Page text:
Pancrace Royer-Suite d’orchestre de l’opera-ballet Almasis

Pancrace Royer-Suite d’orchestre de l’opera-ballet Almasis

Versions:

  • 2 Flutes, 2 Oboes, 2 Bassoons, Strings and Harpsichord (1998-1999)
  • String Orchestra and Harpsichord (1999)
  • Modern Edition and Arrangement
  • Image: Title Page from the Original Printed Edition of Almasis

Works

Technical Information

Duration – 13:30

A) Modern Edition of Baroque Music

Joseph Nicholas Pancrace Royer (1705-1755)

Suite d’orchestre de l’opera-ballet Almasis (1748) compiled and edited by Ronald Royer (1998-1999)

2fl.2ob.2bsn/strings,harpsichord

(2nd flute, 2nd oboe, and/or 2nd bsn are optional)

  1. Ouverture, vivement, legerment
  2. Air, legerment
  3. Marche, gravement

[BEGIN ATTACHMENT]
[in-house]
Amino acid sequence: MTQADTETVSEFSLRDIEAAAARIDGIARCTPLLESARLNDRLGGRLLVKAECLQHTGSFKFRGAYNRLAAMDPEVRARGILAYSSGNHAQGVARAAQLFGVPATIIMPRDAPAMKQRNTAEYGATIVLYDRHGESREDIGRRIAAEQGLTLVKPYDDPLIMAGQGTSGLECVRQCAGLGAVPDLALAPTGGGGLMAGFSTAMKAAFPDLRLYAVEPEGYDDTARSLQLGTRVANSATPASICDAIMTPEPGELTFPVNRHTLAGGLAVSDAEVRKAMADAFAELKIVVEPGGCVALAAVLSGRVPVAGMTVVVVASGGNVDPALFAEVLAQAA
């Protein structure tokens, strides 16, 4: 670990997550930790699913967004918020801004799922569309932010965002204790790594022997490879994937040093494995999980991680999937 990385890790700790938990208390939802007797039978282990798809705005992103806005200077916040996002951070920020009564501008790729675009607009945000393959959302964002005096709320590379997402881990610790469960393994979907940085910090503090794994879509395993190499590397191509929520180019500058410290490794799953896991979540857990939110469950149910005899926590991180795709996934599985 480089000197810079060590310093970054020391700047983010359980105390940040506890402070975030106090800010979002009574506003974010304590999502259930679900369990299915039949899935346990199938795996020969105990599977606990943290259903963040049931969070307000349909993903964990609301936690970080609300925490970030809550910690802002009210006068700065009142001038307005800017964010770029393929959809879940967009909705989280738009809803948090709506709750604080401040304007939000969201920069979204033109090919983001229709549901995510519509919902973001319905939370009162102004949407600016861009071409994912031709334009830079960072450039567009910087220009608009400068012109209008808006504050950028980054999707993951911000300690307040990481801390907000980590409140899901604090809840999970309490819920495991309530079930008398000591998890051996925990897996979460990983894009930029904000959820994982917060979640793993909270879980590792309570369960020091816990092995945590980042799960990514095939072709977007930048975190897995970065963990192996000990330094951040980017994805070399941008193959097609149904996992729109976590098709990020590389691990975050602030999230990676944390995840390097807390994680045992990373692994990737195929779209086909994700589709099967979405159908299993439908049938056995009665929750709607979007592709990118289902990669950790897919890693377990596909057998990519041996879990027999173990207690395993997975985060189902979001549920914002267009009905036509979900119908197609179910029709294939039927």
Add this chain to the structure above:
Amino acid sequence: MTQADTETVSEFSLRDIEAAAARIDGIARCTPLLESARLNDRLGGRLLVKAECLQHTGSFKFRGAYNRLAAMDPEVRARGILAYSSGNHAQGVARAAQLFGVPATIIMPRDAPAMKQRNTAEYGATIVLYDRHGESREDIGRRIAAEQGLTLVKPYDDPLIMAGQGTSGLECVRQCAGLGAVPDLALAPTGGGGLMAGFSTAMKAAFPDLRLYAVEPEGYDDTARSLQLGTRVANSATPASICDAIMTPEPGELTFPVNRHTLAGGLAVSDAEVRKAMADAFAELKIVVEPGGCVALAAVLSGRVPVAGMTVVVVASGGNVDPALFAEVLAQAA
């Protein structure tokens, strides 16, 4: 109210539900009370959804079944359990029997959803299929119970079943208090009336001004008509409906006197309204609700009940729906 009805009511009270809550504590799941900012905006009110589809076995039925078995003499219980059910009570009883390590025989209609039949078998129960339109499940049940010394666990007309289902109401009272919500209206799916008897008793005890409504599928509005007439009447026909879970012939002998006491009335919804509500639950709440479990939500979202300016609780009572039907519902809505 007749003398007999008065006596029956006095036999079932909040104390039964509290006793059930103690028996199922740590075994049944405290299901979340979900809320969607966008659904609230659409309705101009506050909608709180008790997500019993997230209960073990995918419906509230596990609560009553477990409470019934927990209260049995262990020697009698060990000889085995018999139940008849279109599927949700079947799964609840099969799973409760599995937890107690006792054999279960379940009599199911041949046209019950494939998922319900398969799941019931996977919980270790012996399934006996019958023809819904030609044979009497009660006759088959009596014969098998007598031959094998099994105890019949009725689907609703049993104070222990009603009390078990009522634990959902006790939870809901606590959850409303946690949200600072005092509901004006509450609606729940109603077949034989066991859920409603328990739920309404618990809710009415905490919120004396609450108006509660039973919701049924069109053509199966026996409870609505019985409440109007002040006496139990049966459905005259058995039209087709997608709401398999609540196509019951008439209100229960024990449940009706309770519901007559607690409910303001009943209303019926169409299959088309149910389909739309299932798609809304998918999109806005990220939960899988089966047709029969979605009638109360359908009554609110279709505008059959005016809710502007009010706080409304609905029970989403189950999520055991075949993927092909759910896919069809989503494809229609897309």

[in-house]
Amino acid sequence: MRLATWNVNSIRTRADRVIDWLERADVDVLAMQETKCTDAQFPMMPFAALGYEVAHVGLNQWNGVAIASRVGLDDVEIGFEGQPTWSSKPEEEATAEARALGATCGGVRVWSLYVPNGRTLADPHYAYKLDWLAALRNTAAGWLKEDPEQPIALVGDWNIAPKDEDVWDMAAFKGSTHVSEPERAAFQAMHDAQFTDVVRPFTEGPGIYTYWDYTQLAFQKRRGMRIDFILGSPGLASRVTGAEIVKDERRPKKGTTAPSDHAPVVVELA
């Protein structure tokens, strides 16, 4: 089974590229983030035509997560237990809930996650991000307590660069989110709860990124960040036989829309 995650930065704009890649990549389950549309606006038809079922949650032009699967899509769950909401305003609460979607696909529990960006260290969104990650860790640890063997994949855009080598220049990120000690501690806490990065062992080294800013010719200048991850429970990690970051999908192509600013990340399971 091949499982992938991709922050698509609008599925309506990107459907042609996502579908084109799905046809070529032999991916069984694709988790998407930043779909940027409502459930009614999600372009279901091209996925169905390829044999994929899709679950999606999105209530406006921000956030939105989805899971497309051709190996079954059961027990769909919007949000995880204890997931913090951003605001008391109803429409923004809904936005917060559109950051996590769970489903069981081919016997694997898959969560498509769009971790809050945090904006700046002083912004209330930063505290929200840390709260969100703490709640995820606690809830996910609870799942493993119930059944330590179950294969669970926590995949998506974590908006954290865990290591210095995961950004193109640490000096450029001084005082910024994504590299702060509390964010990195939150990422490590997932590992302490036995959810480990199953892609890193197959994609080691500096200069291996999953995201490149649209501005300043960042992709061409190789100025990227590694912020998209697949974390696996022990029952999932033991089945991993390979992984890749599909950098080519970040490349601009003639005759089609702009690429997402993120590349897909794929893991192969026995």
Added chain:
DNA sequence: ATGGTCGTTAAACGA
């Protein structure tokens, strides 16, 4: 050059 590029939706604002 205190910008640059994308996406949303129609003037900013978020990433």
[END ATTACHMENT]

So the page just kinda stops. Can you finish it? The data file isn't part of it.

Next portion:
4. Marche, gaiment
  5. Air, movement de chaconne
  6. Air pour les Esclaves, pesament
  7. Passepied
  8. Tambourin

B) Suite d’orchestre de l’opera-ballet Almasis (1748), arranged for String Orchestra and Harpsichord (1999)

Program Notes

The opera-ballet Almasis was first performed on February 26, 1748 in the theatre in the Petits Appartements of Versailles for the entertainment of King Louis XV of France and his close family and friends. As was common at this time, the main roles in the production and some of the instruments of the orchestra were performed by court aristocrats, and Madame de Pompadour, the King’s mistress, played the title role. Royer’s works were popular at Versailles, and Almasis was performed again there in 1749. The opera was then premiered in Paris on August 23, 1750 at the Theatre of the Acadamie Royale de Musique.

Having developed an interest in the music of Pancrace Royer, Ronald Royer made two trips to Paris, in 1998 and 1999, to study the original manuscripts of Pancrace’s music. Mr. Royer created a special modern edition of Pancrace Royer’s orchestra music from Almasis for the Sinfonia Mississaugua performance on March 5, 2000. This was the first performance of Almasis in nearly two hundred and fifty years.

Pancrace Royer composing his opera Zaïde by Jean-Marc Nattier, Private Collection